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neilmac  Identity Verified
Spain
Local time: 07:38
Spanish to English
+ ...
Most of the above Mar 12, 2008

Sometimes it helps to be taken down a peg, when someone gives a better answer than you do. The mix of friendly rivalry and a spirit of mutual collaboration are a good thing as far as I'm concerned.

I also find kudoz invaluable for difficult or specialist questions, especially when looking for synonyms or checking regional variations and specialist terms.

In general I believe that one doesn't always need to be an expert in the subject matter to be a good translator, and proz is a great forum where translators more specialised in one field can help others out in a disinterested way.

I do not think there should be more "protectionism" for professionals, because I'm pretty sure most of us know how to sort out the wheat from the chaff, although I do understand Kim's comments.

Incidentally, Since I have never had time to read all of the guidelines/rules, I was surprised to see Kim's mention of KudoZ rule 3.7 (commentary on askers is not allowed), having recently been described as "testy" and "haughty" by a respondent who obviously hadn't understood my jokey comment on a stilted (in my opinion) legalese term and had taken it as a personal slight.

The networking aspect is also a boon, and I now have more colleagues and friends (and the odd client too) than I would have in a proz-less world

PS: What's wrong with "showing off and massaging my ego'" ? You don't usually get to do it anywhere else and it does no harm...

[Edited at 2008-03-12 19:48]


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Tomás Cano Binder, BA, CT  Identity Verified
Spain
Local time: 07:38
Member (2005)
English to Spanish
+ ...
Kudoz, a risk for translation? Mar 12, 2008

Kim Metzger wrote:
Ideally, KudoZ would teach newcomers to become better translators, and that still happens, but more and more people have discovered that they can accept jobs they're not qualified to perform to professional standards by asking 15 questions per day/60 per week.


Unfortunately I have to agree...


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lexical  Identity Verified
Spain
Local time: 07:38
Portuguese to English
Agree totally with Kim Mar 12, 2008

When I first came to Proz.com, shortly after it was launched, my memory is that Kudoz was rather like Kim described in his first long paragraph. Contributors seemed to be genuinely interested in using their knowledge and experience to help solve a terminology problem.

It seems to me that it has taken a nosedive in the last year or so. Not only is it as Kim describes in the second part of his comments but it's worse. The shortcomings he identifies are compounded by a lack of professionalism on the part of answerers. The desperate pursuit of Kudoz points by some answerers has resulted in a scattergun approach - enter a sheer guess or a literal translation on the theory that the more questions you attempt to answer, the greater your chance of 'earning' some points. This 'lottery ticket' approach has some logic because the (understandable) ignorance of askers means that totally wrong answers are sometimes chosen. One asker to whom I gave a 'Disagree' actually said "I have to give it a shot, otherwise I don't stand a chance of winning" - implication: even if I don't know what I'm talking about, suggesting anything is better than nothing. So the pursuit of points has turned Kudoz from a professional discussion into the equivalent of a cheap TV quiz game.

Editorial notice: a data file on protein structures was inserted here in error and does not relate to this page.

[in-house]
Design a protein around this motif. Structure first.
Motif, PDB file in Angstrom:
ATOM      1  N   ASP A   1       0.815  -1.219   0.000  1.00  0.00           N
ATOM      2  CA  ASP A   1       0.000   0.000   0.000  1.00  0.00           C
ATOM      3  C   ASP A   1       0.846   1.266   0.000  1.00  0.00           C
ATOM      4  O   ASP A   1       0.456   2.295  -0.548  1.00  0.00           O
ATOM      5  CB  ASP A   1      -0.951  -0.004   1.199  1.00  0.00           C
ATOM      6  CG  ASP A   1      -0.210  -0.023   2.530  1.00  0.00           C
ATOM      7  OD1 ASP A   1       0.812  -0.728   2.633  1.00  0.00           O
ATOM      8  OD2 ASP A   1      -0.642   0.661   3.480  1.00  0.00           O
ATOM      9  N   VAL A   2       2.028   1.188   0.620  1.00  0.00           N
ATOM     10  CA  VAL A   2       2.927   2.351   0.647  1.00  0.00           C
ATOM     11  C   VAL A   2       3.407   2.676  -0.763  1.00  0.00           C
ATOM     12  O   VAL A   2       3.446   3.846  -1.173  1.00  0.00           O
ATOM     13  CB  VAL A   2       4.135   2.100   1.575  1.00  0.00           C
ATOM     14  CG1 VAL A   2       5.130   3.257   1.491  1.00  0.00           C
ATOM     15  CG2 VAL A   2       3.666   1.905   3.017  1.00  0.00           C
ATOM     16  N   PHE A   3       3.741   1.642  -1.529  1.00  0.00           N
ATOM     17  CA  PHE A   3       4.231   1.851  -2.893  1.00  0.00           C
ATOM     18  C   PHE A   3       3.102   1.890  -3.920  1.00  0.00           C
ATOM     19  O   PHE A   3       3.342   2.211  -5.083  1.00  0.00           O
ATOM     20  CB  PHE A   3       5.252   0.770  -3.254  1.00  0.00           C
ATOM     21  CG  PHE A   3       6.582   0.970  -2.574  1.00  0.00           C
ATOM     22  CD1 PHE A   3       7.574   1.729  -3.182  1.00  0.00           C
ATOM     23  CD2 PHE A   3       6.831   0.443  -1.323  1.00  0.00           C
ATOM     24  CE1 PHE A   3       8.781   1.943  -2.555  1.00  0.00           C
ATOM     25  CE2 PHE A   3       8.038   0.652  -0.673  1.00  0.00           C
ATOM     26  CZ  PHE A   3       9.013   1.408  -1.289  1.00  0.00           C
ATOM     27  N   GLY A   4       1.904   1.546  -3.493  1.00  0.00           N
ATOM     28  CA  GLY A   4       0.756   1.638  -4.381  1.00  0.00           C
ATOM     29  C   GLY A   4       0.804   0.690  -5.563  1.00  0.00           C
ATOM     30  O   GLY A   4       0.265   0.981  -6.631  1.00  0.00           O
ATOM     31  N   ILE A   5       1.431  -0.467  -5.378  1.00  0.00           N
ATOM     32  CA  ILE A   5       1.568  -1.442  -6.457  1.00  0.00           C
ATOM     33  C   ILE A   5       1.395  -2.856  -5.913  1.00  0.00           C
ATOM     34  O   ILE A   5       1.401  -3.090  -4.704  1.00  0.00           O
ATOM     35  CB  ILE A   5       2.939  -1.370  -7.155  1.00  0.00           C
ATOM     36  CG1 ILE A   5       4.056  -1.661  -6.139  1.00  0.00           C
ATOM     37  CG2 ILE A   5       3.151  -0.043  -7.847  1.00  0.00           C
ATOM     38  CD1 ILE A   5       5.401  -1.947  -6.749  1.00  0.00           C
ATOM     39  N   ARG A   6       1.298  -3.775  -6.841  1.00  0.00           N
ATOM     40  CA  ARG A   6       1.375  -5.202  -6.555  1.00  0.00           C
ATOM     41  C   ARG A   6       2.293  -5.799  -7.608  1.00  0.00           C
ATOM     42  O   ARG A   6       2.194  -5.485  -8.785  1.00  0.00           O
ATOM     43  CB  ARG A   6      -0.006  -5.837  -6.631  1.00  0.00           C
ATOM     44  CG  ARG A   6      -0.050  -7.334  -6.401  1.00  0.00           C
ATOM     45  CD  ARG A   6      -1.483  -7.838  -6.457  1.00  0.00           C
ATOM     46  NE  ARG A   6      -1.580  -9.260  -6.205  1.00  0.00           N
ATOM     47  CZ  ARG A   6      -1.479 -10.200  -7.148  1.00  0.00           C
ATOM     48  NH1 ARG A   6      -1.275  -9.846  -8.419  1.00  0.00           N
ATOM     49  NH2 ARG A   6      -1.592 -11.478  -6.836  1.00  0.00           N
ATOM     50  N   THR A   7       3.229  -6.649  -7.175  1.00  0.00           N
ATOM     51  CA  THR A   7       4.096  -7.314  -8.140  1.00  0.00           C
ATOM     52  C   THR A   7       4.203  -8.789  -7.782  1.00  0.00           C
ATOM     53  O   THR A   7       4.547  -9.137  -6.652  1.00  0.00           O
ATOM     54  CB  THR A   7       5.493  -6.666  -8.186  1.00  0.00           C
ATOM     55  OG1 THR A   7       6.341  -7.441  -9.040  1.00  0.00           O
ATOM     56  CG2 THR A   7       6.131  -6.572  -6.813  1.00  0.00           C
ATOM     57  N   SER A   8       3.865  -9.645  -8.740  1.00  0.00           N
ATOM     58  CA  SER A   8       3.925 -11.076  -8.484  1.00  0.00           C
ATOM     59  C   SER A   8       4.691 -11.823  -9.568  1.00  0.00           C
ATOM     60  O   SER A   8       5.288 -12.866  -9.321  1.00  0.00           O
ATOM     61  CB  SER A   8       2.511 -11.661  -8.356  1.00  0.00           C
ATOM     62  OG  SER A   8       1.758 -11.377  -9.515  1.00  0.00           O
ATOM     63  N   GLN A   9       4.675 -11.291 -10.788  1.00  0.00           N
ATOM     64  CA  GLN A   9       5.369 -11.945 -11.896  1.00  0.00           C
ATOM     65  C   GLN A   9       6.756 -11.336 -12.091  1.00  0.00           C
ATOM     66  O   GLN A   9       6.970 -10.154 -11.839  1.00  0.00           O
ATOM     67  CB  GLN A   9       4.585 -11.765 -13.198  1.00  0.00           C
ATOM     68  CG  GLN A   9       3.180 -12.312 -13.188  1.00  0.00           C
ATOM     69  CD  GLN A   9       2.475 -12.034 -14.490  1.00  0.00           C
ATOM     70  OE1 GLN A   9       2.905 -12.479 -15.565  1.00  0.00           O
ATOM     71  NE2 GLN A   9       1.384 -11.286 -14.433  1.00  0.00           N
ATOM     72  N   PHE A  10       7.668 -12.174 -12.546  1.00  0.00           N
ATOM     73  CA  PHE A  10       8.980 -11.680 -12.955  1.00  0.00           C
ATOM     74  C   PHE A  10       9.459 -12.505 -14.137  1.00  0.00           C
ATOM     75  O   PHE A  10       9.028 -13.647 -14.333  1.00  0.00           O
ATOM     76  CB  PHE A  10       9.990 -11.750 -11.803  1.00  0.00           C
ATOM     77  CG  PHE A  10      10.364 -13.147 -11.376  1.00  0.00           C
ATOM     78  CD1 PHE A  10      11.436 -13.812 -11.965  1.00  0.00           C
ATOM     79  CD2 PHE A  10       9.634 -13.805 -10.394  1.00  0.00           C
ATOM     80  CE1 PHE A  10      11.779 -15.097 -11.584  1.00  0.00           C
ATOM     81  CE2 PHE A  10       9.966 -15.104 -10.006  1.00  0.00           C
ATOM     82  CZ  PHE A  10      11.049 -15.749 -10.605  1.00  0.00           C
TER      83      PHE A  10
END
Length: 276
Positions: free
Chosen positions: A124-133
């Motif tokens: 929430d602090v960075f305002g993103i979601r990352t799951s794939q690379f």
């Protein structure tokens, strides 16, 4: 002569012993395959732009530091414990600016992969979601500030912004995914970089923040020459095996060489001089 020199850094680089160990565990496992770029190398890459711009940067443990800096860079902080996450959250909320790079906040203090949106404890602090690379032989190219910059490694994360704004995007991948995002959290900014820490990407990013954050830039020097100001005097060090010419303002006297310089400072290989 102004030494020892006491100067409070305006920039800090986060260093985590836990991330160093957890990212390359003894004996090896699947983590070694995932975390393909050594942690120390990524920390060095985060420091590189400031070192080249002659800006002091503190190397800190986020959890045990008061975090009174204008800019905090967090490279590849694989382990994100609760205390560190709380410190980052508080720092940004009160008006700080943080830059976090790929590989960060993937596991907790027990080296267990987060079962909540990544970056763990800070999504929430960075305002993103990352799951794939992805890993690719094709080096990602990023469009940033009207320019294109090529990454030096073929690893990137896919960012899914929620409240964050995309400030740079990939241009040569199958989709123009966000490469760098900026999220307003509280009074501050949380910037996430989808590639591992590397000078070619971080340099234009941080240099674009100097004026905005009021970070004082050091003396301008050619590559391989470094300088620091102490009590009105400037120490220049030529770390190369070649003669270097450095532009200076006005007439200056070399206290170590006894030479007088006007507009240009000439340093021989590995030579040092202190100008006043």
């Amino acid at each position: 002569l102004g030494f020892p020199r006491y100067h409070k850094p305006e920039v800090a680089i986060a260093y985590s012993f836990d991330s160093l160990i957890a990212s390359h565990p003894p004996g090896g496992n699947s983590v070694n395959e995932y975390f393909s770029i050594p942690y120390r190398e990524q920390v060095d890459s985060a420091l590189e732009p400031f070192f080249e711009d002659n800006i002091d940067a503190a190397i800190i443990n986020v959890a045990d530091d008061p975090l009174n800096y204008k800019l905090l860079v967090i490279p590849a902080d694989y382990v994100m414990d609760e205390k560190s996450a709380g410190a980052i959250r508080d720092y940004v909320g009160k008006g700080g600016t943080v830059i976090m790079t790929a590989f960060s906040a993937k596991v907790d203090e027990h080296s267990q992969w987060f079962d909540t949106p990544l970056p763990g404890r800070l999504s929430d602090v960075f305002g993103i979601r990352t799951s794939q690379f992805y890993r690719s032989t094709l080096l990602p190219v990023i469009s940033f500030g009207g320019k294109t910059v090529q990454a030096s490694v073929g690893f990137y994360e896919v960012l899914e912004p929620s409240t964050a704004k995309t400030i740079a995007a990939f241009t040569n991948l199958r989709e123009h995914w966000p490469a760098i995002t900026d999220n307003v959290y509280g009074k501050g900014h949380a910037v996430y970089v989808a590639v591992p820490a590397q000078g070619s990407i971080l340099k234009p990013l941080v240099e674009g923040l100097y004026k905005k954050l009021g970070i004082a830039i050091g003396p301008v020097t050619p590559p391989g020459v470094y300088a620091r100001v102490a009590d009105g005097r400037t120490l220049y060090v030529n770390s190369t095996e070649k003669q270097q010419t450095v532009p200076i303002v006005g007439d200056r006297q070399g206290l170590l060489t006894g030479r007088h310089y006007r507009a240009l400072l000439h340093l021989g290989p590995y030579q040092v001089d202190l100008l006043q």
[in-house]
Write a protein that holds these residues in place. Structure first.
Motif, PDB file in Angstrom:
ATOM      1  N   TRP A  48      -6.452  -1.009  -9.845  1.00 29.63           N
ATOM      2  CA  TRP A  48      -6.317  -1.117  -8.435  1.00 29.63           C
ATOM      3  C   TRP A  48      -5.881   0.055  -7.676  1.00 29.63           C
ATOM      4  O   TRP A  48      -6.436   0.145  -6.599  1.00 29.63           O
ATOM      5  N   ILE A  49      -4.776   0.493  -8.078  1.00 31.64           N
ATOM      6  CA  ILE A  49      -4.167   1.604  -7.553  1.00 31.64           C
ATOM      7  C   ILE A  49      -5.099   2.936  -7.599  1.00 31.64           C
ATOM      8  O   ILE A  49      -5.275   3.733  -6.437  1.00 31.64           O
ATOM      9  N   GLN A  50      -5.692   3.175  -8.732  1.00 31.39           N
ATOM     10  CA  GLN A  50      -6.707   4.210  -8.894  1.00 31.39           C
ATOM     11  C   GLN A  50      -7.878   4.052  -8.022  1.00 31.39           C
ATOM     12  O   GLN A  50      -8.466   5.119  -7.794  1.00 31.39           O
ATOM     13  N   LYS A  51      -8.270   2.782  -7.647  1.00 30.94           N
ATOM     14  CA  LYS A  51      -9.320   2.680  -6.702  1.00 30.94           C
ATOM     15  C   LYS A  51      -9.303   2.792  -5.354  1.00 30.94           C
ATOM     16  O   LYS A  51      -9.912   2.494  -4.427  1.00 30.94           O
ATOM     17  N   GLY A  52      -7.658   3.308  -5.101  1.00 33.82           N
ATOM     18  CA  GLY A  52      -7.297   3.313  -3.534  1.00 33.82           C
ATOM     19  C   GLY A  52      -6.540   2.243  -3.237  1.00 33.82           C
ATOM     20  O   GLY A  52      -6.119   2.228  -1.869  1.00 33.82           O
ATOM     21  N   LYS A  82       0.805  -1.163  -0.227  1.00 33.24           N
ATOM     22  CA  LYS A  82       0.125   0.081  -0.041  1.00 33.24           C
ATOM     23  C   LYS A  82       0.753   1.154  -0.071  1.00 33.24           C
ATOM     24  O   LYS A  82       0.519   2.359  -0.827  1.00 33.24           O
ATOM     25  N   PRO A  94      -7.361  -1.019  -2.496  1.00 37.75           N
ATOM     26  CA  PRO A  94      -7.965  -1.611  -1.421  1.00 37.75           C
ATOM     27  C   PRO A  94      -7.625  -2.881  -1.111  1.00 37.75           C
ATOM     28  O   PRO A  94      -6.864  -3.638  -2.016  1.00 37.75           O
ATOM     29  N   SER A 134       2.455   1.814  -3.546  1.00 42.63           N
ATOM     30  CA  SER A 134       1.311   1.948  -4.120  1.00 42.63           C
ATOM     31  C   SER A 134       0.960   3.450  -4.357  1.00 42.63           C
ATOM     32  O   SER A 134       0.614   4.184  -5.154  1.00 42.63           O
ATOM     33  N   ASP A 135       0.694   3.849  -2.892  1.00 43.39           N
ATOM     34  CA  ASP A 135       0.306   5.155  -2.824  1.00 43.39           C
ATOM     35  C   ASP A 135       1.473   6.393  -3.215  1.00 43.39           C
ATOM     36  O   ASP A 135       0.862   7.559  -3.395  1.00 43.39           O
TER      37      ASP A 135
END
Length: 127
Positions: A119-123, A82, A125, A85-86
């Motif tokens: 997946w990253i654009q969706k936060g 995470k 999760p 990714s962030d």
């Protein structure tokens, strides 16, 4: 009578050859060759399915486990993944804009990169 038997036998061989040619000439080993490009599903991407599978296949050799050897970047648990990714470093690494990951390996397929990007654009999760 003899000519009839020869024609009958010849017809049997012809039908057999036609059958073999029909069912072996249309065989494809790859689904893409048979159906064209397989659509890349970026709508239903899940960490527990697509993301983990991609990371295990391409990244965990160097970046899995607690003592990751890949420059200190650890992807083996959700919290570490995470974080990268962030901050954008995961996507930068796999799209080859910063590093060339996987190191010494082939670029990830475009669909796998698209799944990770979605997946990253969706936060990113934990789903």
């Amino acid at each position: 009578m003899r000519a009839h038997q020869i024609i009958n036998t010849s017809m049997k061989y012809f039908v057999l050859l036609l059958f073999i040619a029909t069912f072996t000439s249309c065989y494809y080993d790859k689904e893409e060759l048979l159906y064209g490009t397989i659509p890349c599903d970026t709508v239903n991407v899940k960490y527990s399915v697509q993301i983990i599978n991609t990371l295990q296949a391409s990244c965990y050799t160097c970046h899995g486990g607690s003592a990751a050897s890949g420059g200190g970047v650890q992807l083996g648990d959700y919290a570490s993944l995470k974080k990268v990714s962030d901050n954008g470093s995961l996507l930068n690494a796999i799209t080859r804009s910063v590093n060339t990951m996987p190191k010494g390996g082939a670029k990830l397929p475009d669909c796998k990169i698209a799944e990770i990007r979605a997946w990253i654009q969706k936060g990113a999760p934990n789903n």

The latest development (at least, it seems recent to me) is the emergence of the 'Kudoz tourist', who tours from one language pair to another, offering totally mistaken answers, again - one assumes - in an attempt to pick up points. These people not only do not work in the pair in question, but do not even claim to be native speakers of either language in the pair. What price their advice? I don't say they are malicious or careless - merely that they do not possess the cultural understanding to offer a reliable answer.

As I've remarked before in the Forums, abolishing Kudoz points would go a long way to resolving this problem. Not only would it deter the scattergun merchants - the "points tarts" - but also the Kudoz tourists. Unfortunately, the Proz.com business model is predicated on attracting outsourcers through a ranking of translators based on what we have seen is a fallacious system. And those who are desperate for work (because they are new entrants to the industry or, frankly, not very good) fall for this model and perpetuate its shortcomings.

Eventually, the weaknesses of this approach will be obvious even to outsourcers - and that is when Proz.com will face its biggest challenge.

[Edited at 2008-03-12 20:04]


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xxxLia Fail  Identity Verified
Spain
Local time: 07:38
Spanish to English
+ ...
agree largely with Kim Mar 12, 2008

Kim Metzger wrote:

She has discovered that she can accept jobs and get bailed out by qualified professionals.